What is your name and your current occupation?
My name is Isaias Crow, I currently work for myself, I am a visual storyteller using a diversity of mediums.
What are some of the crazier jobs you had before getting into animation?
Working at a telemarketing company. It was crazy because you needed to get into character as if you are going to act in a play or film. I created so many characters to sell the services we offered over the phone, the character of choice depended on who I was speaking to on the other line. Now you know, when a telemarketer or bill collector calls you, just remember, they need act in order for you to budge into paying, so don’t take it personal. 🙂
What are some of your favorite projects you’re proud to have been a part of?
After finishing art school, I realized how many people can’t afford to pay such expensive tuition fees so I gathered some of my closest friends and associates and created The Prizm Process, which its purpose was to create civic engagement via the arts and culture. We offered free multi-disciplinary art workshops in diverse and multi-cultural communities. One of our most successful projects was La Entrada Project.
How did you become interested in animation?
Since I was a kid, I would always watch Saturday morning cartoons, yet my interest for animation reignited when I went to an art school to learn more about graphic design and the use of computers. I then saw some animation student work being displayed, that same day I changed course. Its the “movement” that got me.
Where are you from and how did you get into the animation business?
I was born and raised in El Paso, TX and Juarez, MX. I got into the animation business through graffiti. I wanted to see my letters and characters move.
What’s a typical day like for you with regards to your job?
Wake up, shower, then either take a walk and go bird watching or get straight into my work or ? just depends what it is I’m feeling and what it is that is aligning at a greater level, whenever this happens, I just flow with it. I’ve learned that when I allow and accept what is coming through my work just gets that much more potent once I get to it. Its as if whatever I experience at that moment is an answer or meant to be a part of the work I am currently producing.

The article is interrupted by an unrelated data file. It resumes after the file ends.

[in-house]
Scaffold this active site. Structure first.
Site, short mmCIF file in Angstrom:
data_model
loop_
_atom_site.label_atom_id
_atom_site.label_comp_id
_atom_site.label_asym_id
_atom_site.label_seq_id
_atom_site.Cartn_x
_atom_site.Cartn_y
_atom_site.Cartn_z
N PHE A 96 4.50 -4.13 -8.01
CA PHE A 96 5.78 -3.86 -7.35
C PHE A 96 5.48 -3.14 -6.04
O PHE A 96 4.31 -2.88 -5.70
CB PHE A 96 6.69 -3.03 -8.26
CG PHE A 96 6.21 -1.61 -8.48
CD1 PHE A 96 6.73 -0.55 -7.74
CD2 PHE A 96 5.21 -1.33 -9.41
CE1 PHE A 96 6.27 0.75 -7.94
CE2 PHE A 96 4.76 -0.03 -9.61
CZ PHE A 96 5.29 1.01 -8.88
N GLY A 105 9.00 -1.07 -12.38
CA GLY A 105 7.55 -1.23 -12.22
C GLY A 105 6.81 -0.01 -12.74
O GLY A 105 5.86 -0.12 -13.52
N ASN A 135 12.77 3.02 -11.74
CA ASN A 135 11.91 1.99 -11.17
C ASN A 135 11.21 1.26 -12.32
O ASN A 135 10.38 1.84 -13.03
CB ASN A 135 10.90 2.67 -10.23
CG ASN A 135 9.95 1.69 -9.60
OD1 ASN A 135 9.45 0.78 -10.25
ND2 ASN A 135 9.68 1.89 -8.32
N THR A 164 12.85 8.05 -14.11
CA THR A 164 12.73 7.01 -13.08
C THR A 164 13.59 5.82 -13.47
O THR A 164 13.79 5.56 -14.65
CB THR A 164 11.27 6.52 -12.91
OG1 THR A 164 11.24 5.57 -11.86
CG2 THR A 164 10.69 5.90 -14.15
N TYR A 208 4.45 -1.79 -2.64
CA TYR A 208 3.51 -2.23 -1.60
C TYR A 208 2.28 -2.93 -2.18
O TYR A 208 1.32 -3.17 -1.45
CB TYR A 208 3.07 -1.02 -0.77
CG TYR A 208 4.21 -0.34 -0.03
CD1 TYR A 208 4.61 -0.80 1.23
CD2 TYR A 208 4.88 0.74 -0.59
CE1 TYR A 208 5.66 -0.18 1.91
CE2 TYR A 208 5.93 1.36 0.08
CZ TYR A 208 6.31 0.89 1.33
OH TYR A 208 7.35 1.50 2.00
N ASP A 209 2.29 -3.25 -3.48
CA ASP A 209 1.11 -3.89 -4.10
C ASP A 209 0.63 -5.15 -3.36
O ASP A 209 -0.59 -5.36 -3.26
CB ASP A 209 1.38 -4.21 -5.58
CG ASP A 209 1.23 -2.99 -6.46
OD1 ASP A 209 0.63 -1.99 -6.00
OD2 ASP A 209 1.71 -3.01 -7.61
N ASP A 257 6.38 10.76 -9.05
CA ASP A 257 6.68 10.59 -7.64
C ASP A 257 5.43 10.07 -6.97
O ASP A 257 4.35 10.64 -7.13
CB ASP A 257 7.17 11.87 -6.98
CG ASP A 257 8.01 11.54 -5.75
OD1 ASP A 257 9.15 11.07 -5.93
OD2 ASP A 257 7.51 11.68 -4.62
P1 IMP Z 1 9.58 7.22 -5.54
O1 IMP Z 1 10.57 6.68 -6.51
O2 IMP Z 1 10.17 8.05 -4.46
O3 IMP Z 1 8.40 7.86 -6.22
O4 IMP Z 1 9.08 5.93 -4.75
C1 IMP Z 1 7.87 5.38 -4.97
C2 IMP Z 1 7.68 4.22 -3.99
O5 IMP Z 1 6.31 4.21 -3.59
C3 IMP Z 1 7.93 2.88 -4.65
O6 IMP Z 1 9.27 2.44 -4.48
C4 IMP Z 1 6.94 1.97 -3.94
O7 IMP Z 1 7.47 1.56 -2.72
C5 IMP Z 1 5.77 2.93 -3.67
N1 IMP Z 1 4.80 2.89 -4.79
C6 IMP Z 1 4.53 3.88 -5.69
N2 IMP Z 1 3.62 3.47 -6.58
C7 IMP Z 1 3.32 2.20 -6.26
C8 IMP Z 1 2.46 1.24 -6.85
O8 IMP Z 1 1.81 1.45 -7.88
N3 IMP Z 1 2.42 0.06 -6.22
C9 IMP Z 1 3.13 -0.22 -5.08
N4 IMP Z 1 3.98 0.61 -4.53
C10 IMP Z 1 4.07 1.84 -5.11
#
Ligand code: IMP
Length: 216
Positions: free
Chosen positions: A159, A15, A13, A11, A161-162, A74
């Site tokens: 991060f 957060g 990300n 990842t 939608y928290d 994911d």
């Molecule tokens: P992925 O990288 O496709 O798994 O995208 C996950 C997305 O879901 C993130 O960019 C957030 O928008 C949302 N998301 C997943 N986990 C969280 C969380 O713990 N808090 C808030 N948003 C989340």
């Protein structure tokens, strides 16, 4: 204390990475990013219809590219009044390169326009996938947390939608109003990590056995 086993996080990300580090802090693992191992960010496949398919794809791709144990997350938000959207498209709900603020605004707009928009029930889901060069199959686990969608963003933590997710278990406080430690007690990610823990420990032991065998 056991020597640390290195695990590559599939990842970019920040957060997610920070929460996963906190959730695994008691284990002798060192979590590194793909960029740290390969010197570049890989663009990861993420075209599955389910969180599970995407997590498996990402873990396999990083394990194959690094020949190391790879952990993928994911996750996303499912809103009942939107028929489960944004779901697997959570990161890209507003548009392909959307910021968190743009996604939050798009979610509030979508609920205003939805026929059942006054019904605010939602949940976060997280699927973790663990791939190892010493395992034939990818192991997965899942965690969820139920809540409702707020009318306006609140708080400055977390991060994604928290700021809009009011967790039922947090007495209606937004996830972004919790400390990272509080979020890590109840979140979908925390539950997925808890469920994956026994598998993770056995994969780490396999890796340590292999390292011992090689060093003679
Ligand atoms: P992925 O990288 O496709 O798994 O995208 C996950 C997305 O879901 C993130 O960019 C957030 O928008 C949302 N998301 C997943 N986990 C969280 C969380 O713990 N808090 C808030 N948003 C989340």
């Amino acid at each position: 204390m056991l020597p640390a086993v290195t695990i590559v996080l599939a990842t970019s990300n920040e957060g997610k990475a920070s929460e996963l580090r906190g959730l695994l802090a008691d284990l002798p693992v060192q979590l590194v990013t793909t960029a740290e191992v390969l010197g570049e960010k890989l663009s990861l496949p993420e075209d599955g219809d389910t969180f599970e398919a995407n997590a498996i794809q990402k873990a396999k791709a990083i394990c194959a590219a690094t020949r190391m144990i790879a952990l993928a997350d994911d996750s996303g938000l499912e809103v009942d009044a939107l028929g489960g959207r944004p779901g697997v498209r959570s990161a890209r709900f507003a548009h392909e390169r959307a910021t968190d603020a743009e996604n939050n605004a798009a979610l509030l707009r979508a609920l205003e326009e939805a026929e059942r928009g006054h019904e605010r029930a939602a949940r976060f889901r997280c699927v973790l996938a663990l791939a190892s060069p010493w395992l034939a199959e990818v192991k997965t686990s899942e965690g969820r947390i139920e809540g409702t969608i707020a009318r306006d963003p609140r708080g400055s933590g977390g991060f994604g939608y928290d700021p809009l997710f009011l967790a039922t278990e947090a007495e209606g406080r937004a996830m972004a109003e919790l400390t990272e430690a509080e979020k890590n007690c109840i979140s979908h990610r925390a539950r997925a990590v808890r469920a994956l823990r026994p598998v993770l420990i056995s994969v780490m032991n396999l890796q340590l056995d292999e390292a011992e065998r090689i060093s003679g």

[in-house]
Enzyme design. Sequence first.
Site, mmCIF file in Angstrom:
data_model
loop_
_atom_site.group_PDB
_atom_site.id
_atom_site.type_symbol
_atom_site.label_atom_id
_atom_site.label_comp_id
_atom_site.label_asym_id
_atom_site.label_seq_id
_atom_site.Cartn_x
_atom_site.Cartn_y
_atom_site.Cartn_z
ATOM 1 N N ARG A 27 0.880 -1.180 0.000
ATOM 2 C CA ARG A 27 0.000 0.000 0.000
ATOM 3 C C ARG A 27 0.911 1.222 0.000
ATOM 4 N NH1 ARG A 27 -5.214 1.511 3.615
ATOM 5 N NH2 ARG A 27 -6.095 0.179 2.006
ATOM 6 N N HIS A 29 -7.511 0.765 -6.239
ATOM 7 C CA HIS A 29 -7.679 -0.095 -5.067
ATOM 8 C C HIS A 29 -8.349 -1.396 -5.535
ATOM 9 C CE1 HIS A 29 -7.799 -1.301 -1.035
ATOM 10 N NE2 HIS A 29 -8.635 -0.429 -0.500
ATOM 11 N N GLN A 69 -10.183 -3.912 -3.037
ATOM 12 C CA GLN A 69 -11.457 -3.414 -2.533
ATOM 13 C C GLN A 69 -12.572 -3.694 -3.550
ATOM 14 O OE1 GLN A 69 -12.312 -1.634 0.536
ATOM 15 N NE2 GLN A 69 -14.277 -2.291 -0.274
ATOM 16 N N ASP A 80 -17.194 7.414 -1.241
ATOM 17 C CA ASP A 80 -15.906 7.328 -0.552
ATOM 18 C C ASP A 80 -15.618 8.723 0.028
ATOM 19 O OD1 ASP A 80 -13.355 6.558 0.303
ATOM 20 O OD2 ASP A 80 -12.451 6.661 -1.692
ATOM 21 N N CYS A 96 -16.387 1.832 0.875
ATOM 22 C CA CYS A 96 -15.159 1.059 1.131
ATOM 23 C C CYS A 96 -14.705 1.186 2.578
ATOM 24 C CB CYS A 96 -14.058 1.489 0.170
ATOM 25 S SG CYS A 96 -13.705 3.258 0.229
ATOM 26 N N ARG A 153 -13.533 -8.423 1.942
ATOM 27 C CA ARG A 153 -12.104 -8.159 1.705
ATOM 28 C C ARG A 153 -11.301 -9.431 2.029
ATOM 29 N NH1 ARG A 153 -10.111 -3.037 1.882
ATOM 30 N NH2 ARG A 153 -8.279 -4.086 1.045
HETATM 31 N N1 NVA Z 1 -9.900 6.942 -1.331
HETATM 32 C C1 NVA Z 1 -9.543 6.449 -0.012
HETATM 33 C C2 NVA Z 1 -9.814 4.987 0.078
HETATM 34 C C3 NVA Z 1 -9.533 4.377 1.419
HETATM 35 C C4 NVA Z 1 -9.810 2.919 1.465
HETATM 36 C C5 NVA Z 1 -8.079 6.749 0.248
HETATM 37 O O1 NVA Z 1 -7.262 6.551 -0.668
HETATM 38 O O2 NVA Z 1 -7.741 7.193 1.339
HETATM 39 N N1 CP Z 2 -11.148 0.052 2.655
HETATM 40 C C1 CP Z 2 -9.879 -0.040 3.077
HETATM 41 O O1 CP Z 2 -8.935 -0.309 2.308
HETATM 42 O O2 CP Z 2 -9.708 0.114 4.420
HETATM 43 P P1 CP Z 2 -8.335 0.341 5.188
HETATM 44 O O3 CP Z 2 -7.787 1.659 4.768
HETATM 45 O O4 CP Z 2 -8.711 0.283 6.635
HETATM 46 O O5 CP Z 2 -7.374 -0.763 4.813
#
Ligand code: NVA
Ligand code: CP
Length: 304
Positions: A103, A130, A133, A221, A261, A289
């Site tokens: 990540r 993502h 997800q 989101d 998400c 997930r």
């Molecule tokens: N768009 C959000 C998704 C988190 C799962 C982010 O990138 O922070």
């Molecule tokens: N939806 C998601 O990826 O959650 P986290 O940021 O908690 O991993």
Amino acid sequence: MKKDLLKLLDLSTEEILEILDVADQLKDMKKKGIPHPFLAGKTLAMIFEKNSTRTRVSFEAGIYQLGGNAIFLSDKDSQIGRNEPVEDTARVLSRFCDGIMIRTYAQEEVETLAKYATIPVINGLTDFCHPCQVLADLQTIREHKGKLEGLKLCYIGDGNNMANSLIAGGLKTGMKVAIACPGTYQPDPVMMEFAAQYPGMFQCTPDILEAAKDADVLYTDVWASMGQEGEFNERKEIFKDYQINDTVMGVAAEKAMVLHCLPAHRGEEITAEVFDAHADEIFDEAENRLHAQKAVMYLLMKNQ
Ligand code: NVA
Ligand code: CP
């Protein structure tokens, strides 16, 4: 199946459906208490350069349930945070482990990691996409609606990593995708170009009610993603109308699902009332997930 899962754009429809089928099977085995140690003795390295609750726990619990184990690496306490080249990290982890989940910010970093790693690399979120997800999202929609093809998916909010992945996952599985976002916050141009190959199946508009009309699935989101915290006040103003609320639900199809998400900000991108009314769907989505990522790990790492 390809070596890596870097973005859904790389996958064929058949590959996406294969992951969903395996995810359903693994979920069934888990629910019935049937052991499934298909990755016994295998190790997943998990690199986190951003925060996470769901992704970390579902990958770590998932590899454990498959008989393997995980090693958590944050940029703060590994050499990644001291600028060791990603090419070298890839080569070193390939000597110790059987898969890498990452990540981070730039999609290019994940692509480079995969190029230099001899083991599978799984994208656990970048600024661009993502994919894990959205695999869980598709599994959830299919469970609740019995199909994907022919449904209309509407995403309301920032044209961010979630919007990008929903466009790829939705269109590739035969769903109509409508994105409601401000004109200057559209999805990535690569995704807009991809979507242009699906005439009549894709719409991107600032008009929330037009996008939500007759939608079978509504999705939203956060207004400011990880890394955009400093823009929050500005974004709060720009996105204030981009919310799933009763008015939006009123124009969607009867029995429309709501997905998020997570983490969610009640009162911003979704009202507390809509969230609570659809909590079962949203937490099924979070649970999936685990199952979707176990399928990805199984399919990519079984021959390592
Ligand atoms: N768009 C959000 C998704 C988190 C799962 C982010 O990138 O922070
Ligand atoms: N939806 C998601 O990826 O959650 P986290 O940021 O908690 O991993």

What part of your job do you like best? Why?
That I start a different project once I finish the last one. I truly enjoy using a variety of mediums, tools and meeting different people from different walks of life because they are the ones that are hiring me to do this multi-sensory and multi-faceted work.
What part of your job do you like least? Why?
I like it all, at any moment I am feeling tired or cranky, I stop no matter what and go for one of my walks or just lay down on the floor and chill. I make sure that I am only offering and integrating positive vibes and high frequencies into my work.
What is the most difficult part for you about being in the business?
Accounting. Wow, that part has been interesting because I just have too much desire, I want to help and give and assist in change, plus my passion for buying action figures and comic books. lol
What kind of technology do you work with on a daily basis?
Wacom Tablet, Photoshop and After Effects at times Illustrator.
In your travels, have you had any brushes with animation greatness?
I can’t say that I have…. I think its time for me to travel though.
Describe a tough situation you had in life.
Acceptance. Acceptance of myself and others. I realized I was the situation of my life, I was always battling myself
trying to change myself into something I was not. Trying to change my friends and family instead of allowing for them to be.
Any side projects or you’re working on or hobbies you’d like to share details of?
Yes, I’m having a solo exhibit at Thumbprint Gallery in San Diego CA. titled “From: Conception To: Illumination”. Its a visual journey of my life’s timeline from conception to now via story-boards, sculptures and paintings. The aim is to then gather the all the story boards and concepts to then animate this wild journey of mine in due time…lol.
Any unusual talents or hobbies like tying a cherry stem with your tongue or metallurgy?
No, nothing unusual…hhmmmm…I wonder if…
Is there any advice you can give for an aspiring animation student or artist trying to break into the business?
Inquire and observe from within, balance living and working according to you and network. Truly network, as in listen and share your voice, not just talking 100 miles per minute to express a rehearsed thought. Listen, you’ll be surprised.